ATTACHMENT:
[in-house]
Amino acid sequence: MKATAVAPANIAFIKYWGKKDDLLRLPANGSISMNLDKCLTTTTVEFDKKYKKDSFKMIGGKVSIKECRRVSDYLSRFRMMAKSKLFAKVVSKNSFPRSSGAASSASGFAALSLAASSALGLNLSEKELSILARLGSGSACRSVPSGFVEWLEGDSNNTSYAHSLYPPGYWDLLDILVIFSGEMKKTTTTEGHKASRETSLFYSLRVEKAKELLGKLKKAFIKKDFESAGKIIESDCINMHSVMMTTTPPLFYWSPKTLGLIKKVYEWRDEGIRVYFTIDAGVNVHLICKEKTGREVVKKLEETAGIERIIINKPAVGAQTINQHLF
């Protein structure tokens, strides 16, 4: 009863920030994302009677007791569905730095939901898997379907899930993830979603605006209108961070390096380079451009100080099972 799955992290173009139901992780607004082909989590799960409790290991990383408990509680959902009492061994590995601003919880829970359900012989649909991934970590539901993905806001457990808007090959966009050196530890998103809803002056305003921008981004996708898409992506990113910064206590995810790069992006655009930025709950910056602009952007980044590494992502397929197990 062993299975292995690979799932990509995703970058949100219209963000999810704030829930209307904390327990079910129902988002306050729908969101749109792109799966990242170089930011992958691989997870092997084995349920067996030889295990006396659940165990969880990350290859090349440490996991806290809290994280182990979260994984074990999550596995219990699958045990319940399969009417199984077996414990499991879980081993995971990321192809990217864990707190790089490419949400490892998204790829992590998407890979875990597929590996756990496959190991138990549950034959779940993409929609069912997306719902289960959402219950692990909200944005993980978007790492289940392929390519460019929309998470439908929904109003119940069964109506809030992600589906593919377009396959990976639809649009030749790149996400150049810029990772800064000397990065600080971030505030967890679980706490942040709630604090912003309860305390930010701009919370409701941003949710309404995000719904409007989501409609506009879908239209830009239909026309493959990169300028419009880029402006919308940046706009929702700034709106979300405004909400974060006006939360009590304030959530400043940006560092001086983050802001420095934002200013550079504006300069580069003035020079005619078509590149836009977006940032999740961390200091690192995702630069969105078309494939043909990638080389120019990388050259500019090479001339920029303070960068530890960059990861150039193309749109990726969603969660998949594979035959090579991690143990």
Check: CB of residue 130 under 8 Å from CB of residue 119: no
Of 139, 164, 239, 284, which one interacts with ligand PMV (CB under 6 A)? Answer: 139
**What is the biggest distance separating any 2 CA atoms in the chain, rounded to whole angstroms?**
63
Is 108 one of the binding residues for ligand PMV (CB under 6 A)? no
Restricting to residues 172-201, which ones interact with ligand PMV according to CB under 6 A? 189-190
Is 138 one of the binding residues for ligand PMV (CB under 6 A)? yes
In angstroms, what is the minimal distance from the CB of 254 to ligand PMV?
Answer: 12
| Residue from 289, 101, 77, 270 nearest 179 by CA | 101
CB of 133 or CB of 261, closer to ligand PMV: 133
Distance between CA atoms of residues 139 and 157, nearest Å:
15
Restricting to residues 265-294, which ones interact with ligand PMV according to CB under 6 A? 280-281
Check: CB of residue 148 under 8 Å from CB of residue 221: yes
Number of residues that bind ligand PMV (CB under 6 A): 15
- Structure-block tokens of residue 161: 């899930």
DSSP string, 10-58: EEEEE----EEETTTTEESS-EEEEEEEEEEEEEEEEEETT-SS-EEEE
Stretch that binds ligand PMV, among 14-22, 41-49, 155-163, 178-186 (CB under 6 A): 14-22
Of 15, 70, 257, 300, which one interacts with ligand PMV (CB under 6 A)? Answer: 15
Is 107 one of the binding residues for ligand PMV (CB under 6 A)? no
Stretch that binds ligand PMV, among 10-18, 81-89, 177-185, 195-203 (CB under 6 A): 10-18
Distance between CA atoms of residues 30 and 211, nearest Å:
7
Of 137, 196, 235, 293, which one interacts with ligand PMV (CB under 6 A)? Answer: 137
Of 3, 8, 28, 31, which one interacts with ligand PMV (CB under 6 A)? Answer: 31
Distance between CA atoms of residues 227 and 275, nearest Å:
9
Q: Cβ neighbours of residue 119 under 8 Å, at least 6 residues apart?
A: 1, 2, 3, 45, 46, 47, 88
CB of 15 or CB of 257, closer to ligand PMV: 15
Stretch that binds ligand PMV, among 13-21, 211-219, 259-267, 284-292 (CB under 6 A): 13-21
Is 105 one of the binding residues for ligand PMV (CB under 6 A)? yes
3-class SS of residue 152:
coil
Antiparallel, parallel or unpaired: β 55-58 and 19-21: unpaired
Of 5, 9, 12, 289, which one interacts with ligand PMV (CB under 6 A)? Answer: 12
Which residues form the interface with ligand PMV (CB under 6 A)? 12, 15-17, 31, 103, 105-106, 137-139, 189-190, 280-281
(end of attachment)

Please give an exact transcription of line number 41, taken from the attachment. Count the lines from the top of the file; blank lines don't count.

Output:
Which residues form the interface with ligand PMV (CB under 6 A)? 12, 15-17, 31, 103, 105-106, 137-139, 189-190, 280-281